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This article was written By Harris Dang on 19 Mar 2016, and is filed under Reviews.

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About Harris Dang

Harris Dang is a freelance writer and film critic residing in Australia. A self-professed film lover since he was six years old, watching Jackie Chan and Stephen Chow movies and experiencing The Princess Bride for the first time. He is currently running his own film review blog, Film-momatic Reviews, and trying to bring awareness to film festivals like the annual Japanese Film Festival.

Nowhere Girl (Japan, 2015)

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Mamoru Oshii has always been an enigmatic curiosity to me, particularly with regards to his live-action films. While he is best known for his animated works like Patlabor (1989), Ghost in the Shell (1995), its sequel Innocence (2004), The Sky Crawlers (2008), and films revolving around Kerberos (a sci-fi Tokyo police force) like The Red Spectacles (1987) and Stray Dog (1991). Oshii has also made live-action films like the videogame-centric Polish-language Avalon (2001) and the polarizing Assault Girls (2009). What they mostly have in common is a deliberately slow and meditative pace that is enhanced by a melodic or classical score by Kenji Kawai. And these two factors mainly back up strong thematic material (for instance, The Sky Crawlers is concerned with the ennui of pilots not doing their duty), but in Nowhere Girl, it backs up something that is not usually a main feature of Oshii’s films – ultra-violence. His films haven’t ever been really violent before, but here, the violence is a symphony that must be seen to be believed. Nicolas Winding Refn once said that (and I’m paraphrasing here) violence on film is best seen as masturbatory. The build-up is as important as the act itself. And boy, does this film take that argument to heart.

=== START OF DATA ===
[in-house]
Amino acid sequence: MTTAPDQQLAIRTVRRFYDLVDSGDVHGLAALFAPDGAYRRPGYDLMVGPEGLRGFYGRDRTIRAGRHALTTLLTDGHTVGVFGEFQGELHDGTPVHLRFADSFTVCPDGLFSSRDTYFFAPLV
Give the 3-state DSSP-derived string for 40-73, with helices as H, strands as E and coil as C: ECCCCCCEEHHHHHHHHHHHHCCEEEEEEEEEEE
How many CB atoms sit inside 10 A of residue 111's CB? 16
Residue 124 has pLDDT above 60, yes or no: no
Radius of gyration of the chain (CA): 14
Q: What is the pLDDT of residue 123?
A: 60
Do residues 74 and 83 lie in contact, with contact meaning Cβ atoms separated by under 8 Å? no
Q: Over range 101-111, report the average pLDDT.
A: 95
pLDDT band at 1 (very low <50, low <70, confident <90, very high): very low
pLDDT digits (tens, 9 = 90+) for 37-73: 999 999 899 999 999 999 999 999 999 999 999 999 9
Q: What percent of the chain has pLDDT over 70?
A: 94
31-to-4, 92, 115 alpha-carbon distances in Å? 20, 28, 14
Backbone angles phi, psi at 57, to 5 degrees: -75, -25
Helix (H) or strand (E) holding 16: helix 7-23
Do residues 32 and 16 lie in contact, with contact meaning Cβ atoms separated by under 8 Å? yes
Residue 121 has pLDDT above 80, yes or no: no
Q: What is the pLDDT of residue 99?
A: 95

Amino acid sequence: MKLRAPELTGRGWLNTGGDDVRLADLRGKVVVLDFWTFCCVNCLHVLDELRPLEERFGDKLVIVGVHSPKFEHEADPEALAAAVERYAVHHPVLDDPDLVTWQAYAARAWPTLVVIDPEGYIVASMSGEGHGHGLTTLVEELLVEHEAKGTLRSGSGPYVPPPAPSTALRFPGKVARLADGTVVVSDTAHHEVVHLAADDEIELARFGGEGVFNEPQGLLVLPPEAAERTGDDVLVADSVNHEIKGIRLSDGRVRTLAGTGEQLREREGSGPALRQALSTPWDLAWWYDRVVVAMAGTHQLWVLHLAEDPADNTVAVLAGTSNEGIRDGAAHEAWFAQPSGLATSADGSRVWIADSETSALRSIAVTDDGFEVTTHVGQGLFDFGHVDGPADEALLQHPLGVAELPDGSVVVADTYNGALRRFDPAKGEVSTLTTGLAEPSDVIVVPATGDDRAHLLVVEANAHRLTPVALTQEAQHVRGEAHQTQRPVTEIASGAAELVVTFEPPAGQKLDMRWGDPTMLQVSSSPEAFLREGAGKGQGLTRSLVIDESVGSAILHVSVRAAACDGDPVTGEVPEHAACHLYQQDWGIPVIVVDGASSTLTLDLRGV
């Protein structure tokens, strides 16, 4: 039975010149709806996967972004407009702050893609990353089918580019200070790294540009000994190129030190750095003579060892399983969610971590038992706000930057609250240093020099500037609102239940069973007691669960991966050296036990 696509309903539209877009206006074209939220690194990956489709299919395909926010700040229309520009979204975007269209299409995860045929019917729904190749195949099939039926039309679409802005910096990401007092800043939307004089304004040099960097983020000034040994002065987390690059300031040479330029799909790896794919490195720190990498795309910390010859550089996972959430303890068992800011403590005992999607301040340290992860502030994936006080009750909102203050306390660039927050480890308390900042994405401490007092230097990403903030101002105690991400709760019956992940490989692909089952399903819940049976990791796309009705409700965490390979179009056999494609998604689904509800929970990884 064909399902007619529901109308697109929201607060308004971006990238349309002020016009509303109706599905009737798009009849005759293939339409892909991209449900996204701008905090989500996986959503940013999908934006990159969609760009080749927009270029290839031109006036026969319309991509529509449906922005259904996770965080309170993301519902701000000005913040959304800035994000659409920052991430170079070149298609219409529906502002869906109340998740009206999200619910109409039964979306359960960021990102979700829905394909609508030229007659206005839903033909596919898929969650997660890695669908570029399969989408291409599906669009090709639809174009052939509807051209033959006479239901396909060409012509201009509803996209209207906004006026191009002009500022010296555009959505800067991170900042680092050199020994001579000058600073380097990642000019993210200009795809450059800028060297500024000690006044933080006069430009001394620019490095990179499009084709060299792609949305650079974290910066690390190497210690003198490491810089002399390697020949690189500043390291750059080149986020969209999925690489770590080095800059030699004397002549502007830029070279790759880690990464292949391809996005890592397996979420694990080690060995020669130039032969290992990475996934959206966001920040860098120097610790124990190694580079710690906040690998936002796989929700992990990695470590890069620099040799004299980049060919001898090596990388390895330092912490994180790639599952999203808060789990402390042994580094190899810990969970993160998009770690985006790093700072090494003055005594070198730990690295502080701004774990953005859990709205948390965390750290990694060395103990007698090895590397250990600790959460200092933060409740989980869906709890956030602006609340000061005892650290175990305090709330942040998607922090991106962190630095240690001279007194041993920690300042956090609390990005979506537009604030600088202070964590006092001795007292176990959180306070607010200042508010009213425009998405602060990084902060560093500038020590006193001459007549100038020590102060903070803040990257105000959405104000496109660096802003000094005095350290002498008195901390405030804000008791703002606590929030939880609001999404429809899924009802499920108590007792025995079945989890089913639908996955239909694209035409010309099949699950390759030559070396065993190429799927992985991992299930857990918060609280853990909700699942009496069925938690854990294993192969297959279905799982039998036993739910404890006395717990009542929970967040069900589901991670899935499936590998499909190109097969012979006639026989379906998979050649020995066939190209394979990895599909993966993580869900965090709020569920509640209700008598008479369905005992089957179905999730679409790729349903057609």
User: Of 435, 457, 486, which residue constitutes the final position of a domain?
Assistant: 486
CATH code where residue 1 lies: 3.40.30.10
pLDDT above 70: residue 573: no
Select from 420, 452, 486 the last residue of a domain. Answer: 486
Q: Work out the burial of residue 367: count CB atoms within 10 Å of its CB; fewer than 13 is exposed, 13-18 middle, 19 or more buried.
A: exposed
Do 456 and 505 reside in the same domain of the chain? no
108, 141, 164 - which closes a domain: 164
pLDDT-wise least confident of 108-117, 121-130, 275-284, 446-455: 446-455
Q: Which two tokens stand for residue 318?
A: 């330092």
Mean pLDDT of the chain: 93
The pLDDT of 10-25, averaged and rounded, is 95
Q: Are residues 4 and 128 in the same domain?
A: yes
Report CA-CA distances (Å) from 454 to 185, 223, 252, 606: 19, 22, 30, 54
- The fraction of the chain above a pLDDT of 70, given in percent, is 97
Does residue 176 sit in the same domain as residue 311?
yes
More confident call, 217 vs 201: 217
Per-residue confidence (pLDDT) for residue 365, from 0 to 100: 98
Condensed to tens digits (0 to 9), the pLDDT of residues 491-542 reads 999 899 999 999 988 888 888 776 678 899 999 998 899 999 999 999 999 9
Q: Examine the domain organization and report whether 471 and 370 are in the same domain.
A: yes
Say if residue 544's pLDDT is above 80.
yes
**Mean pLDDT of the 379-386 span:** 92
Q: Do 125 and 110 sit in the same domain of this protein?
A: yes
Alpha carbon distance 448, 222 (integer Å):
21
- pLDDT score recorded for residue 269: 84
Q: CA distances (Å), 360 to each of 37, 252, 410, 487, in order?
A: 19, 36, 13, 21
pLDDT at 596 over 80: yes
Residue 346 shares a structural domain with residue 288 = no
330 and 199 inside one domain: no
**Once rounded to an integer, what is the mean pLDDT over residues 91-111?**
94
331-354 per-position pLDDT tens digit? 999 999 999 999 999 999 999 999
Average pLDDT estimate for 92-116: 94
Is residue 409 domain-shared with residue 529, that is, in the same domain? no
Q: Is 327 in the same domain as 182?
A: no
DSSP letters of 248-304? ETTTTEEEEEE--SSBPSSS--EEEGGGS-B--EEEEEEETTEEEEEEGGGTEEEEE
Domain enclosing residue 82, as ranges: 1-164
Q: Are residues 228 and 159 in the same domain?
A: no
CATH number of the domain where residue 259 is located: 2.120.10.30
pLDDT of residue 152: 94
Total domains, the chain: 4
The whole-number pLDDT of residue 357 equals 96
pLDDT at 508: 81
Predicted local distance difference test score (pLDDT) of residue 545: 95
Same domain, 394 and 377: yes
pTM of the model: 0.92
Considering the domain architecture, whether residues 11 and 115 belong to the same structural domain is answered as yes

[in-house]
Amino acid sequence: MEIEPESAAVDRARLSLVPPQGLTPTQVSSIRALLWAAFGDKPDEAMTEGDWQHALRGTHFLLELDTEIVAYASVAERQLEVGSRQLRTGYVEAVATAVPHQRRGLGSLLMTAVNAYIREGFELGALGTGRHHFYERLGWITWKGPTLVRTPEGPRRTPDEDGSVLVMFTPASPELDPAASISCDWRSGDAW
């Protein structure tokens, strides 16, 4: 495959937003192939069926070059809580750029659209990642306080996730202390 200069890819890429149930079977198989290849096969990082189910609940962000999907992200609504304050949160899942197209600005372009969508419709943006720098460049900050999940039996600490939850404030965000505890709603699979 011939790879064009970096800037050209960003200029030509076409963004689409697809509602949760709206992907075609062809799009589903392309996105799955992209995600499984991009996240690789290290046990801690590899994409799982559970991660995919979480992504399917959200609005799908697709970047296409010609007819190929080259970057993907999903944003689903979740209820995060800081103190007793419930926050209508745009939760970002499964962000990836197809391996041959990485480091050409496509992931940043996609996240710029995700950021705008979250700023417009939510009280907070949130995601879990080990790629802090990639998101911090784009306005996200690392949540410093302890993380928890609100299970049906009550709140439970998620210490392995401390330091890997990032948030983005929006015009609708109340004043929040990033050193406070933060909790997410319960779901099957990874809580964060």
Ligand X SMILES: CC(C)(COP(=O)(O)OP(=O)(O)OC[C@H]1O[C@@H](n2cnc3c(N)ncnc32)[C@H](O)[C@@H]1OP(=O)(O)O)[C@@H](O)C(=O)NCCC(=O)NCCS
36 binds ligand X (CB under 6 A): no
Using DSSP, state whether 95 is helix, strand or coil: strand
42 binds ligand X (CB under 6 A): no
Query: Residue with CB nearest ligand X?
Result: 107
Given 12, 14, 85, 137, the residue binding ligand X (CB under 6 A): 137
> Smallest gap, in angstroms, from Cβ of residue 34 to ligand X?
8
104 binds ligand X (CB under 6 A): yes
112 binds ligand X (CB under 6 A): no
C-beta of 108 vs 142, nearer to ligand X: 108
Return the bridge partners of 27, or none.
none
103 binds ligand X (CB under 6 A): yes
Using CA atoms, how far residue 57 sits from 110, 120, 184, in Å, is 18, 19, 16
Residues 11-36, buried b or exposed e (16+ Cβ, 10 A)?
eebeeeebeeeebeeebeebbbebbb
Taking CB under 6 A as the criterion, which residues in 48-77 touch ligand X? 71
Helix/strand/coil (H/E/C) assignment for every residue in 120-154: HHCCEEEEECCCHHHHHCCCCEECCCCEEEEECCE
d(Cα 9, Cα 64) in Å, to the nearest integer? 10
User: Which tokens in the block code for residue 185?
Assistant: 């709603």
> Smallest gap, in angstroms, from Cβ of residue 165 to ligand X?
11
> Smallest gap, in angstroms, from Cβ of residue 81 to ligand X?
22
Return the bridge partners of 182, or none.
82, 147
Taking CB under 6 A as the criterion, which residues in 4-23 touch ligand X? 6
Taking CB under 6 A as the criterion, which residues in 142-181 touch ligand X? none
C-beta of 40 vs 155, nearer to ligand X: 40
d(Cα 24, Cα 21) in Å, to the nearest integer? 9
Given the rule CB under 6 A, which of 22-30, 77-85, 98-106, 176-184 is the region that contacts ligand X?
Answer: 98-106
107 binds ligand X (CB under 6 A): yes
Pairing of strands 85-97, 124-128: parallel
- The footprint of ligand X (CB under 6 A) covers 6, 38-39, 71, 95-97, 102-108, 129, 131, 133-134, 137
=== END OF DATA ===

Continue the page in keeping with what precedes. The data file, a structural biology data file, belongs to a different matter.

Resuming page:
Nana Seino stars as Ai (although her name is never mentioned in the film), an extremely talented artist at a school who seems to be suffering from PTSD (post-traumatic stress syndrome) from an earlier incident. She is given special treatment by the headmaster (Hirotaro Honda), hoping that her condition and social skills will improve. Ai keeps herself busy with her art via paintings and a life-like art project sculpture that she is building in the school basement. Otherwise, she just sits on a chair, staring at her painting pad, supposedly daydreaming about nothing. The school nurse (Lily), with consent from the headmaster, tries her best to treat Ai, but not in the best of ways and what’s even more unfortunate is that some of the students and her teacher (Nobuaki Kaneko) have been noticing what the headmaster is doing and Ai deals with resentment after resentment until she eventually, for lack of a better word, cracks.